Warning: Spoilers ahead for the Dragon Age series.
Welcome to Part 2 of this discussion about game mechanics breaking lore. Yesterday, I talked about how the Blood Mage and Spirit Healer specializations were heavily tied in via the lore and story of Dragon Age: Origins and Dragon Age II. However, as I hinted at the end, things began to go downhill when Dragon Age: Inquisition joined the franchise.
Like its predecessors, Dragon Age: Inquisition utilizes class specializations for character builds. As technology and know-how has come quite a long ways since the first of the series, companion characters within Dragon Age: Inquisition will actually comment upon your choice of specialization. Like when Dragon Age II entered the franchise though, mechanics were changed in an attempt to improve the game’s entertainment value. For mages, the specializations available in Dragon Age: Inquisition are Knight-Enchanter, Necromancer, and Rift Mage.
I’m sure as you can notice at first glance these are not at all specializations that were present in the first games.
Now whether the specializations are well-developed is a discussion for another day. What is relevant to today’s discussion is that lore wise and description wise, these specializations are not anything that has previously been established within the game’s world. I am certainly not opposed to new elements that may enhance the lore or change specializations for the better. In fact, anyone who knows me can tell you I love necromancy mage classes. Yet, none of these specializations match up to the previous games as far as lore goes. In essence, these make the game’s world feel entirely different than what it has felt like before, and in this case, not in a good way.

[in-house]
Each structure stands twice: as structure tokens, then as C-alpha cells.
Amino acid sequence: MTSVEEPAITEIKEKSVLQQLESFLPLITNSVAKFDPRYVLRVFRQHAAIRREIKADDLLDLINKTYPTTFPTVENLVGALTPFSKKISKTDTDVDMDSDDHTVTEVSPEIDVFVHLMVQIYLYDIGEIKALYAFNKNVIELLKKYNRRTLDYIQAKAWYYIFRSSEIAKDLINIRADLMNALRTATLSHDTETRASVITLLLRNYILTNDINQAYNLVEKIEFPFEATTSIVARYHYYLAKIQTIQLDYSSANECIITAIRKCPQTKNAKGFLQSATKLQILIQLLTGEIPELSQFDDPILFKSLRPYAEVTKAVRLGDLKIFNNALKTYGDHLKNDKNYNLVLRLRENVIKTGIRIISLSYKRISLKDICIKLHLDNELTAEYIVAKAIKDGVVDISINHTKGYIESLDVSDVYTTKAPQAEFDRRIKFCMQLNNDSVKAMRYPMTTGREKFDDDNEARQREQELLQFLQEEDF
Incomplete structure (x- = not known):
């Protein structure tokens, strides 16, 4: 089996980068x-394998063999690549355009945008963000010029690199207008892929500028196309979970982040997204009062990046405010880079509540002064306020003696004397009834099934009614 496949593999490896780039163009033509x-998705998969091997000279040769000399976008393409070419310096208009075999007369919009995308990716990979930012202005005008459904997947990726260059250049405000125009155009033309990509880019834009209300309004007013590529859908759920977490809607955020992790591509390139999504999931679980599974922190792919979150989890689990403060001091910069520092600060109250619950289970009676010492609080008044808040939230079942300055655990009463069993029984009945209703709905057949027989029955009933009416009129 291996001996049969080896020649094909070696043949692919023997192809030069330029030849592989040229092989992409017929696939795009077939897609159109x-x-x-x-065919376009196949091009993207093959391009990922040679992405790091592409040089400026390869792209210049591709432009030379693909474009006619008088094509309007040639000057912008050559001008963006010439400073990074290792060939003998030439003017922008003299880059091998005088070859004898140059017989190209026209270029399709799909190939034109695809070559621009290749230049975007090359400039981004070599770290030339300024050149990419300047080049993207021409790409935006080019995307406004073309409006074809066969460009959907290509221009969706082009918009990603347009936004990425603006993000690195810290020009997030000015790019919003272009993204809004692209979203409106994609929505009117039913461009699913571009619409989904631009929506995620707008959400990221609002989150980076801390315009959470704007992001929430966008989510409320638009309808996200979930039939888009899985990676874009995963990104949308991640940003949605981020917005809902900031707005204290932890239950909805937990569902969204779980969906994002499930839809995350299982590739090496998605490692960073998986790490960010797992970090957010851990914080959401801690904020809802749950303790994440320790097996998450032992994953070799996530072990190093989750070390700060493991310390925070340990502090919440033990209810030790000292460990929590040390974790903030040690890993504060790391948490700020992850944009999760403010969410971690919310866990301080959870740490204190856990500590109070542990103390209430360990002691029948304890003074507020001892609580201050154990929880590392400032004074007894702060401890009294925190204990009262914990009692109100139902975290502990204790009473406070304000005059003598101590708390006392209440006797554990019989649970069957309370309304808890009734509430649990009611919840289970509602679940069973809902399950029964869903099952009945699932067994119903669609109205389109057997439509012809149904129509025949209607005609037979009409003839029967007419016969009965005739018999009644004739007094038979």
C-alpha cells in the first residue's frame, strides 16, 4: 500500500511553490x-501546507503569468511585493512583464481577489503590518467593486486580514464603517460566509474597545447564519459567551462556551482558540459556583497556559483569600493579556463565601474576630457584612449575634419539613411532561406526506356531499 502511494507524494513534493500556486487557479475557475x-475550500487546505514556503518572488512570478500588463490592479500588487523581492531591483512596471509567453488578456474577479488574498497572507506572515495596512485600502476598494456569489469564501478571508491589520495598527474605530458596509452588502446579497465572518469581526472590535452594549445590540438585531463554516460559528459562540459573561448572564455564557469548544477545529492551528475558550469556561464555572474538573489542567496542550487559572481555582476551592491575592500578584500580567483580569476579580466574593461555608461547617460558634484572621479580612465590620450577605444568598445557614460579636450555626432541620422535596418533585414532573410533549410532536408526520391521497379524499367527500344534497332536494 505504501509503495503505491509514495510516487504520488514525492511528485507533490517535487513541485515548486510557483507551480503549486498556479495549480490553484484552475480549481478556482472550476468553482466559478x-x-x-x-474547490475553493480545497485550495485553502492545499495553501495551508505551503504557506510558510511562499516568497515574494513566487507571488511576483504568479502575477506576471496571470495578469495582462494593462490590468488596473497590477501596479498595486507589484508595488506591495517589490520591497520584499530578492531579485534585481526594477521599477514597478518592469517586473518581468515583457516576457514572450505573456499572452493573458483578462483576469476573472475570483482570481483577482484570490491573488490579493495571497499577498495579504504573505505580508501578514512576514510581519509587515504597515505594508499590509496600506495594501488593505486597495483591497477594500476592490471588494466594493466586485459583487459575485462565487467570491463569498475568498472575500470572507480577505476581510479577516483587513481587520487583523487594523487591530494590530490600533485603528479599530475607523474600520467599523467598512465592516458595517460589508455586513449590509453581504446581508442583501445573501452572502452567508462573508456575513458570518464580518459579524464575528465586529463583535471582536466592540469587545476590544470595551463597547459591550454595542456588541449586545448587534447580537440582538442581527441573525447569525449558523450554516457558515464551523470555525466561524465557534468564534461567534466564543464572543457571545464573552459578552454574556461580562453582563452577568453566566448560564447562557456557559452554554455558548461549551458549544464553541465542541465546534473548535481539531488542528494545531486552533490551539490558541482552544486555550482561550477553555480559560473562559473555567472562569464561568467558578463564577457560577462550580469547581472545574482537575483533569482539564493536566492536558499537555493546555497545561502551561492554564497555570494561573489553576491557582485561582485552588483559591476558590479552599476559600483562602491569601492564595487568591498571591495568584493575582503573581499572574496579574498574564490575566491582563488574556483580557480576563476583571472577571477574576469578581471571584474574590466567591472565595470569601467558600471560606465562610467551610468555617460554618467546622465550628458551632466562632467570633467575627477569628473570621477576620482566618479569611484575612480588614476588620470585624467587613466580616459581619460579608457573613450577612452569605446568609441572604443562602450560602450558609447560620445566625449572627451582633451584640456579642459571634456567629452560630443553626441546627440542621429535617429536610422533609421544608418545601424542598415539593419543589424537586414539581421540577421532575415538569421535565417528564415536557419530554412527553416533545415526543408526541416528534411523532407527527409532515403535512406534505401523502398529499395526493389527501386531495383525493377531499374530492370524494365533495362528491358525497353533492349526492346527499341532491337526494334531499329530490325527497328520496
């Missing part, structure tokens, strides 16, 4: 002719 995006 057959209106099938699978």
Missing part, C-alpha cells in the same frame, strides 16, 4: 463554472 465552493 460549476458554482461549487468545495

What exactly happened, you ask? Anyone familiar with the franchise will know about the lack of healing controversy for Dragon Age: Inquisition. For those who don’t, in an effort to make the game “harder” the developers took out healing and instead replaced it with flasks, barriers, and other compensating mechanics. It basically changed from healing yourself in the game to preparing yourself to just never get hit or take damage. Unfortunately, this lack of ability to heal or be a Spirit Healer feels completely out of place in the world. It has been shown since the beginning to be part of the world, and for characters like Anders, it is somewhat integral to their presence. Yet, we are faced with a game whose mechanics do not let us reflect that mages in this world can heal. Thus, rather than being the world where we met Anders or any of the characters who had a role by healing someone with magic, this feels like a different world. The consequence is that the lore feels broken; those invested into the lore are hit with that reminder I mentioned yesterday about the world being fictional. Hence, it becomes much harder to immerse yourself due to the foreign tone that is suddenly present.